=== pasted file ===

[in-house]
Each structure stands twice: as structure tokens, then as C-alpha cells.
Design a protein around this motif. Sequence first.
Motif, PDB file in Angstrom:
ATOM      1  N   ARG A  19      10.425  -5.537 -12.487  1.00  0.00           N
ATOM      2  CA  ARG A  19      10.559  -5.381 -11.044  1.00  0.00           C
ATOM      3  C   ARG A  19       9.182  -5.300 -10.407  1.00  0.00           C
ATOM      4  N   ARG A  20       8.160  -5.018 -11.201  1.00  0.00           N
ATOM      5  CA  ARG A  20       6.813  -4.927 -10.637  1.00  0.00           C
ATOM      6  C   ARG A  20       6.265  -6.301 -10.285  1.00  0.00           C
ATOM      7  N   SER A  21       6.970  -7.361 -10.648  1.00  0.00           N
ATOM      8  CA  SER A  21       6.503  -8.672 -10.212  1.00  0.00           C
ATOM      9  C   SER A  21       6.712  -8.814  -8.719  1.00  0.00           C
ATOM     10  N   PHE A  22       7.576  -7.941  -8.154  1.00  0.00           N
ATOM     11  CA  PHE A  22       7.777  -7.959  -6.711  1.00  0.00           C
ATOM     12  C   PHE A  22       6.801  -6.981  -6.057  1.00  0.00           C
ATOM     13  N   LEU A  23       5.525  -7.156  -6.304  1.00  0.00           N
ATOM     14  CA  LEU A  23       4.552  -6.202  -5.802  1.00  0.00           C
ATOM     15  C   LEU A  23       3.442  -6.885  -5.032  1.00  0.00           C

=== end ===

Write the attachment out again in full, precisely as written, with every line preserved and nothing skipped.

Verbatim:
[in-house]
Each structure stands twice: as structure tokens, then as C-alpha cells.
Design a protein around this motif. Sequence first.
Motif, PDB file in Angstrom:
ATOM      1  N   ARG A  19      10.425  -5.537 -12.487  1.00  0.00           N
ATOM      2  CA  ARG A  19      10.559  -5.381 -11.044  1.00  0.00           C
ATOM      3  C   ARG A  19       9.182  -5.300 -10.407  1.00  0.00           C
ATOM      4  N   ARG A  20       8.160  -5.018 -11.201  1.00  0.00           N
ATOM      5  CA  ARG A  20       6.813  -4.927 -10.637  1.00  0.00           C
ATOM      6  C   ARG A  20       6.265  -6.301 -10.285  1.00  0.00           C
ATOM      7  N   SER A  21       6.970  -7.361 -10.648  1.00  0.00           N
ATOM      8  CA  SER A  21       6.503  -8.672 -10.212  1.00  0.00           C
ATOM      9  C   SER A  21       6.712  -8.814  -8.719  1.00  0.00           C
ATOM     10  N   PHE A  22       7.576  -7.941  -8.154  1.00  0.00           N
ATOM     11  CA  PHE A  22       7.777  -7.959  -6.711  1.00  0.00           C
ATOM     12  C   PHE A  22       6.801  -6.981  -6.057  1.00  0.00           C
ATOM     13  N   LEU A  23       5.525  -7.156  -6.304  1.00  0.00           N
ATOM     14  CA  LEU A  23       4.552  -6.202  -5.802  1.00  0.00           C
ATOM     15  C   LEU A  23       3.442  -6.885  -5.032  1.00  0.00           C